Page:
lee.justin.m19:02:06

example might help:

(defn register-files
  [files]
  (go
    (loop [file-ids []
           files files]
      (if-let [file (first files)]
        (recur (conj file-ids (<! (register-file file)))
               (rest files))
        file-ids))))

jrootham19:02:34

Has anyone seen "This ResultSet is closed" errors from heroku (or anywhere else)? I am using jetty with with-db-connection. I have one instance that works and other (more recent) instances that fail on updates.

lee.justin.m19:02:13

@joelsanchez thanks. i think that will fire off all of the async calls at once and then wait for them, right? I’m looking to control the degree of concurrency (in my example, i block until each one returns, but eventually I’d like something more sophisticated, like what the bluebird library gives me in JS)

joelsanchez19:02:26

@lee.justin.m

joelsanchez19:02:40

(defn get-file-id-async [id]
  (go {:id id
       :result (+ 1000 id)}))
(go (println (<! (let [ids [1 2 3 4]
                       channels (map get-file-id-async ids)
                       merged (clojure.core.async/merge channels)]
                   (clojure.core.async/into [] merged)))))

joelsanchez19:02:44

try it in a repl

joelsanchez19:02:19

to control the degree of concurrency use pipeline

joelsanchez19:02:37

of course you could also just merge some of the channels, take from the resulting channel, then merge some more channels....

joelsanchez19:02:28

into takes all of the messages from the channel, merge merges the results from the channels you give to it

lee.justin.m20:02:23

thanks that’s helpful. some combo of merge and pipeline will surely do what i’m looking for

noisesmith20:02:02

the most common cause of this error is using the data outside of the context of the connection - this can happen with laziness especially

mv21:02:57

Hey, I’m trying to pick a clojure stack for an API backed by Datomic. I’m looking at compojure, liberator, and pedestal. Any advice or articles about picking one? Is liberator still supported/recommended?

mv21:02:46

I should also say I plan on putting a cljs frontend in front of it, so an EDN communication seems ideal

joelsanchez21:02:48

not EDN but you could use chord and communicate with fressian...keeps clj data structures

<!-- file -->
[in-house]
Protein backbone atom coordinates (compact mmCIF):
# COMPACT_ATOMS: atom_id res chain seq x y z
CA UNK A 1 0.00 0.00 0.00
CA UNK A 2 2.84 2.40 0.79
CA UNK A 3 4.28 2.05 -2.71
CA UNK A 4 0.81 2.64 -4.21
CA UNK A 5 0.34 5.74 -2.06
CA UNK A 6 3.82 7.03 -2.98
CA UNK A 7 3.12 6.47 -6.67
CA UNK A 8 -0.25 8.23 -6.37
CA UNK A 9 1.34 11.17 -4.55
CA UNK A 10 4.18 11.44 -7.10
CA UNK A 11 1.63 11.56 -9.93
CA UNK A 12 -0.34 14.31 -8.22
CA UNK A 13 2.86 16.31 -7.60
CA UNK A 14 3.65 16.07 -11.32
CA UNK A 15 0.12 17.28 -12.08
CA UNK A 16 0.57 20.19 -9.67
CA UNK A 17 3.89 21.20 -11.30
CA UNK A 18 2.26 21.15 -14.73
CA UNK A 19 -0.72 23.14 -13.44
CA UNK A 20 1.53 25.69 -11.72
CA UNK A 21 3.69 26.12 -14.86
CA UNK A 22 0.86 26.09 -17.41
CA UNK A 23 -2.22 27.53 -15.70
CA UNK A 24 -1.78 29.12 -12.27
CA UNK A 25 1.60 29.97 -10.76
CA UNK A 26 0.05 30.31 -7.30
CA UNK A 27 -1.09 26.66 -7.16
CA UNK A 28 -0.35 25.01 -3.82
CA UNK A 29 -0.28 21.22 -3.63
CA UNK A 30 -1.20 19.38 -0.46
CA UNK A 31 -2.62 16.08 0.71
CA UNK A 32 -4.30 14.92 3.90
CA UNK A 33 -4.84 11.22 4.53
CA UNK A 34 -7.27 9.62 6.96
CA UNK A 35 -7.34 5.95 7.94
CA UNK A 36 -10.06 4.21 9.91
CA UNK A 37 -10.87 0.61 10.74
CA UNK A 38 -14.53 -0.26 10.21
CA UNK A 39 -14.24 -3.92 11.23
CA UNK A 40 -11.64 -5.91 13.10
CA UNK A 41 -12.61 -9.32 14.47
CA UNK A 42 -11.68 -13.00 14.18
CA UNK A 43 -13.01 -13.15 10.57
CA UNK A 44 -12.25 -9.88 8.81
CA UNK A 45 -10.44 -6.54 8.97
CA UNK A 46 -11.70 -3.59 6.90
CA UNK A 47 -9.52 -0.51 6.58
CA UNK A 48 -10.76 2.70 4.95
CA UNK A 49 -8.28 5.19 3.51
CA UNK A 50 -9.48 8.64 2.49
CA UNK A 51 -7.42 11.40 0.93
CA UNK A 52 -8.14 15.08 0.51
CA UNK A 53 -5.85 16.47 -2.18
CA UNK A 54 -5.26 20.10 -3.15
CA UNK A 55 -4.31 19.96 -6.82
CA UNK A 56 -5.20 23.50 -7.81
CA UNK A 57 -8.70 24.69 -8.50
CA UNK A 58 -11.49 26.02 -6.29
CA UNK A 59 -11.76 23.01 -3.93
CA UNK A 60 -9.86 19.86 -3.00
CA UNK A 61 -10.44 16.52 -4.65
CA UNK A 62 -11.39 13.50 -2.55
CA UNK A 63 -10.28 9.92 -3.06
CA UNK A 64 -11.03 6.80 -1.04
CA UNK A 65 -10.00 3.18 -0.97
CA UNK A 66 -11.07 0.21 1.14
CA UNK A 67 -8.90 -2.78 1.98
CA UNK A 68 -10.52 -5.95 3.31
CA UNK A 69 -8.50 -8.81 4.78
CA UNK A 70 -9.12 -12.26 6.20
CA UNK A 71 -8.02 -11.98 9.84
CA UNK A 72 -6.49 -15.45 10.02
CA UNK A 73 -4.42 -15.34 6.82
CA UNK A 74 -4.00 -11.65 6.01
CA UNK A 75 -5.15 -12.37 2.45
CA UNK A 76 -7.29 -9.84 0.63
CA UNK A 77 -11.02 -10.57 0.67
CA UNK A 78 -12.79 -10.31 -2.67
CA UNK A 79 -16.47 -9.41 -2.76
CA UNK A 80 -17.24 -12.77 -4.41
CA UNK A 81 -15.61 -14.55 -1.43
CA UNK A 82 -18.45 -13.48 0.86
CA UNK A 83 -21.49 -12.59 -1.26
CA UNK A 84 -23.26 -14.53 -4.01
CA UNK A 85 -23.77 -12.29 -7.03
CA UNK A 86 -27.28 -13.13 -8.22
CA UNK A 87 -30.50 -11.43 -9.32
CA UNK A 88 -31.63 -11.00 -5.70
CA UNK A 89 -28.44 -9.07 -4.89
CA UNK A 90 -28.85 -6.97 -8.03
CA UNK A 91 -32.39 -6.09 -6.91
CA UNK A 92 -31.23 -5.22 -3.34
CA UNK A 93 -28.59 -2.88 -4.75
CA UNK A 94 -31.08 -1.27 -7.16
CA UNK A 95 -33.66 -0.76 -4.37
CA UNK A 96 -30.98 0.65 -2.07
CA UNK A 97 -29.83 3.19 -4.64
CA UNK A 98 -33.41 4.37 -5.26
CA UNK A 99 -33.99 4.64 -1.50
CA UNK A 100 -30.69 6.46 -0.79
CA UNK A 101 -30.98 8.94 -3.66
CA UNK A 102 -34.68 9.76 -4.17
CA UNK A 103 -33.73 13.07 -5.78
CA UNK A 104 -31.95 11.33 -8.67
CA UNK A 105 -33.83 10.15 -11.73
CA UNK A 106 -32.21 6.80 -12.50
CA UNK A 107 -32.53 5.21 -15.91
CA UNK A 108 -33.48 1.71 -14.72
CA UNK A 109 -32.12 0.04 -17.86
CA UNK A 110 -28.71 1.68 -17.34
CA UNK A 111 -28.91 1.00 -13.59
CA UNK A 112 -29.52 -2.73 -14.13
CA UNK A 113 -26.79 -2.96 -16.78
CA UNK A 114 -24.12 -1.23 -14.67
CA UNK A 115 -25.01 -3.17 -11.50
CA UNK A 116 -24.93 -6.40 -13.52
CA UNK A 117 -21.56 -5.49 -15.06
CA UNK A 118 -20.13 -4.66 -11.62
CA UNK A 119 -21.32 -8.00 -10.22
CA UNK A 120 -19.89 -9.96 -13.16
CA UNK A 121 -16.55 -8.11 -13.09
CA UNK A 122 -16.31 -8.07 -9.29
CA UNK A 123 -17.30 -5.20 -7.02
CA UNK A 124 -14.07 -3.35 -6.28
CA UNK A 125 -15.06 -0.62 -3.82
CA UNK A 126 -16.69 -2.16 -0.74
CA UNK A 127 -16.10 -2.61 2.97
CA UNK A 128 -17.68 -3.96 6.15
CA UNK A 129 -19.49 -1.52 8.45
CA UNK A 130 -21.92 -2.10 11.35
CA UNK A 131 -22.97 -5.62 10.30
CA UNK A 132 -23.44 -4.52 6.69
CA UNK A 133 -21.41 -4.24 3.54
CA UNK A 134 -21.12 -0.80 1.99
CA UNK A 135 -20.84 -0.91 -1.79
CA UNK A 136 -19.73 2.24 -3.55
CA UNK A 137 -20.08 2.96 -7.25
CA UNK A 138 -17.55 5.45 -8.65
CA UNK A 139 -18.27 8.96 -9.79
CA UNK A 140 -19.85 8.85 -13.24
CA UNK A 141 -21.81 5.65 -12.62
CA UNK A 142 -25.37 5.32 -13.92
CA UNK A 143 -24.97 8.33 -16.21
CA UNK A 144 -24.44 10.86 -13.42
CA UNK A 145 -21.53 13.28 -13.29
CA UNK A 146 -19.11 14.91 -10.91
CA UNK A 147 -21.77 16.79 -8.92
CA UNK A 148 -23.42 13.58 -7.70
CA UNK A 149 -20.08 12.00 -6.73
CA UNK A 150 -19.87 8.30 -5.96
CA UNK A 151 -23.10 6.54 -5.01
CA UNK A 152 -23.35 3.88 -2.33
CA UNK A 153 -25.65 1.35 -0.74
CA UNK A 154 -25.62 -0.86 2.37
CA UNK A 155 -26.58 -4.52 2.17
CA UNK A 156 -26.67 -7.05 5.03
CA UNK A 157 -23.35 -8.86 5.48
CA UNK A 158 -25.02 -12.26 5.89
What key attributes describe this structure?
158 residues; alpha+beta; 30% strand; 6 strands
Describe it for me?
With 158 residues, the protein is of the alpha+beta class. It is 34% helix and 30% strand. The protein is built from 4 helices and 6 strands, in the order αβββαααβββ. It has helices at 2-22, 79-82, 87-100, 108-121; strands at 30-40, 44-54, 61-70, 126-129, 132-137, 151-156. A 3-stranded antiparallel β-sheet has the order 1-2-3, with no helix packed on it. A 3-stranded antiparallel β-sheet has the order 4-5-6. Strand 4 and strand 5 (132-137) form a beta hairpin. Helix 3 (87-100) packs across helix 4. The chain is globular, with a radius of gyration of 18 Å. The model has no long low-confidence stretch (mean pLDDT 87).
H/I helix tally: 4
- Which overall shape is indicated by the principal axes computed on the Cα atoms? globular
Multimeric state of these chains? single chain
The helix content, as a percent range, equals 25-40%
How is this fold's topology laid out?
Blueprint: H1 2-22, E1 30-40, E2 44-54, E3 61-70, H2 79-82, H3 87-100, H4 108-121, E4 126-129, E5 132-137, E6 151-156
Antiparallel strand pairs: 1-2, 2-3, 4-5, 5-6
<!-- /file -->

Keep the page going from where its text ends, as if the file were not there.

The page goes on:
mv21:02:58

Interesting

andy.fingerhut21:02:09

Is it still true that with fressian you can put Clojure immutable sets in one end, and get Java mutable sets out the other? https://dev.clojure.org/jira/browse/DFRS-5

greg31621:02:55

I think transit/json is more common than fressian for front-end communication

joelsanchez21:02:32

gosh...was thinking about transit. fressian is a bit overkill :stuck_out_tongue:

greg31621:02:34

if you want a binary encoding I’d go with CBOR, which is based on an open standard

andy.fingerhut21:02:35

If so, that interacts poorly with Clojure hash function in 1.6 and later, where even though immutable and mutable sets are = using clojure.core/=, they have different hash codes, so using them as elements of other sets, or keys in hash-maps, leads to bad results.

greg31621:02:07

you could get the best of both worlds with content negotiation - pass Accept: application/edn when you’re poking the API by hand, and Accept: application/cbor (or transit+msgpack, or whatever) when you want efficiency

joelsanchez21:02:39

tbh in my own app I ended up using a custom json format to allow keeping sets and vectors...to be able to read the frames in the Chrome WS "frames" view (readable only with json)...to debug WS

andy.fingerhut21:02:16

I haven't used transit before -- I'd guess it maybe does better at preserving immutability in sets, maps, vectors, lists, etc.?

hiredman21:02:57

@andy.fingerhut

user=> (type (fress/read (fress/write #{})))
java.util.HashSet
user=> 

hiredman21:02:51

you can add your own custom tag handlers, so you could have fressian decode sets to immutable sets

andy.fingerhut21:02:22

Just seems like a really odd default, especially an intentionally chosen one after it is pointed out, for "value of values" kinds of folks.

andy.fingerhut21:02:38

But it probably makes more sense given more background, and/or backwards compatibility constraints.

greg31621:02:54

https://github.com/greglook/clj-cbor is better-behaved than that by default :slightly_smiling_face:

greg31621:02:31

transit+json does have the advantage that you can poke around in the response data using most browser consoles out-of-the-box

alexmiller21:02:28

if you’re going from clj to cljs, transit is far and away preferred over fressian

alexmiller21:02:38

json decoders in js are highly optimized, and transit caching and compression means transit over json can be substantially faster than json itself

andy.fingerhut21:02:05

Does it preserve immutable collections by default?

andy.fingerhut21:02:54

or maybe preserve is the wrong word -- does the reader create immutable collections by default?

alexmiller22:02:19

the cljs transit reader will create cljs data structures, so yes

alexmiller22:02:53

or rather, it creates something that conforms to the transit interfaces which I assume is cljs data structures, but I have never actually used it myself

alexmiller22:02:04

ok, looked at the code - creates cljs data structures

mv22:02:30

I’m not seeing any documentation about moving Vase from being backed by in-mem Datomic to a proper datomic backend.. is that an uncommon use case?

andy.fingerhut22:02:21

Just did a quick check with Clojure/JVM, and without me using any special settings the reader returns immutable maps, vectors, and sets. Nice.

andy.fingerhut22:02:37

(the transit-clj reader, that is)

andy.fingerhut22:02:14

Even when one of the objects written into the stream was a java.util.HashSet, it came back as clojure.lang.PersistentHashSet

alexmiller22:02:43

I think it’s probably just not doc’ed. what would be different than just using a different datomic uri?

mv22:02:47

I believe that you are right, it’s just a URI at the top of the *_service.edn